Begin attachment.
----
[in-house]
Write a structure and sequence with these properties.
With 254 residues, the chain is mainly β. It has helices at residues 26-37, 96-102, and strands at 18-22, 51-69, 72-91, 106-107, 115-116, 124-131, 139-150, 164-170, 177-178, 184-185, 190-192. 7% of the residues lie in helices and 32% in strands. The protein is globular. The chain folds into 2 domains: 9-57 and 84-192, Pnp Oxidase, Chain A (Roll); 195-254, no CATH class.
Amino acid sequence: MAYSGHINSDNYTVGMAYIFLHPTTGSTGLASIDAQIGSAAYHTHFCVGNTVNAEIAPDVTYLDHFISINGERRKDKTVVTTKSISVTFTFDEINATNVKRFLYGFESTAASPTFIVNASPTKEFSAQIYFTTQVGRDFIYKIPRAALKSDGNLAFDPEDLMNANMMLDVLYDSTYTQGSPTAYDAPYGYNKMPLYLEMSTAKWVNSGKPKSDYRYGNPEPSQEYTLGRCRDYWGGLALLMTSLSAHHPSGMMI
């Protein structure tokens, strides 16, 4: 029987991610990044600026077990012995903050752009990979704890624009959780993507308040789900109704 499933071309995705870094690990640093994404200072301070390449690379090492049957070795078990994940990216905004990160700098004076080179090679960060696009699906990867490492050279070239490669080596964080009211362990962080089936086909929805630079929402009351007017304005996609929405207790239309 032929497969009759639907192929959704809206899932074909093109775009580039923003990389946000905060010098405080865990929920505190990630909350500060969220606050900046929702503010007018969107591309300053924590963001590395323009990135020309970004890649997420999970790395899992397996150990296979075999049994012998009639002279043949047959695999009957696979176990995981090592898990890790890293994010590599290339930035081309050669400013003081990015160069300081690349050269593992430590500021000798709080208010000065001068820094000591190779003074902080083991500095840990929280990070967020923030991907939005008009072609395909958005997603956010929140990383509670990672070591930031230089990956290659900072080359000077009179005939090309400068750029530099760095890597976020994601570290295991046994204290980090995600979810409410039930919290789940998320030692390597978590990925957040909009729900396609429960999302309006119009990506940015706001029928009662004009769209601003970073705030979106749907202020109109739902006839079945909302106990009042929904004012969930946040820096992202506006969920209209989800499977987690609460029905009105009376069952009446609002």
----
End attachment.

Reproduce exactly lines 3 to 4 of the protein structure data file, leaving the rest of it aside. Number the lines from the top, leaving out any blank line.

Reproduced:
With 254 residues, the chain is mainly β. It has helices at residues 26-37, 96-102, and strands at 18-22, 51-69, 72-91, 106-107, 115-116, 124-131, 139-150, 164-170, 177-178, 184-185, 190-192. 7% of the residues lie in helices and 32% in strands. The protein is globular. The chain folds into 2 domains: 9-57 and 84-192, Pnp Oxidase, Chain A (Roll); 195-254, no CATH class.
Amino acid sequence: MAYSGHINSDNYTVGMAYIFLHPTTGSTGLASIDAQIGSAAYHTHFCVGNTVNAEIAPDVTYLDHFISINGERRKDKTVVTTKSISVTFTFDEINATNVKRFLYGFESTAASPTFIVNASPTKEFSAQIYFTTQVGRDFIYKIPRAALKSDGNLAFDPEDLMNANMMLDVLYDSTYTQGSPTAYDAPYGYNKMPLYLEMSTAKWVNSGKPKSDYRYGNPEPSQEYTLGRCRDYWGGLALLMTSLSAHHPSGMMI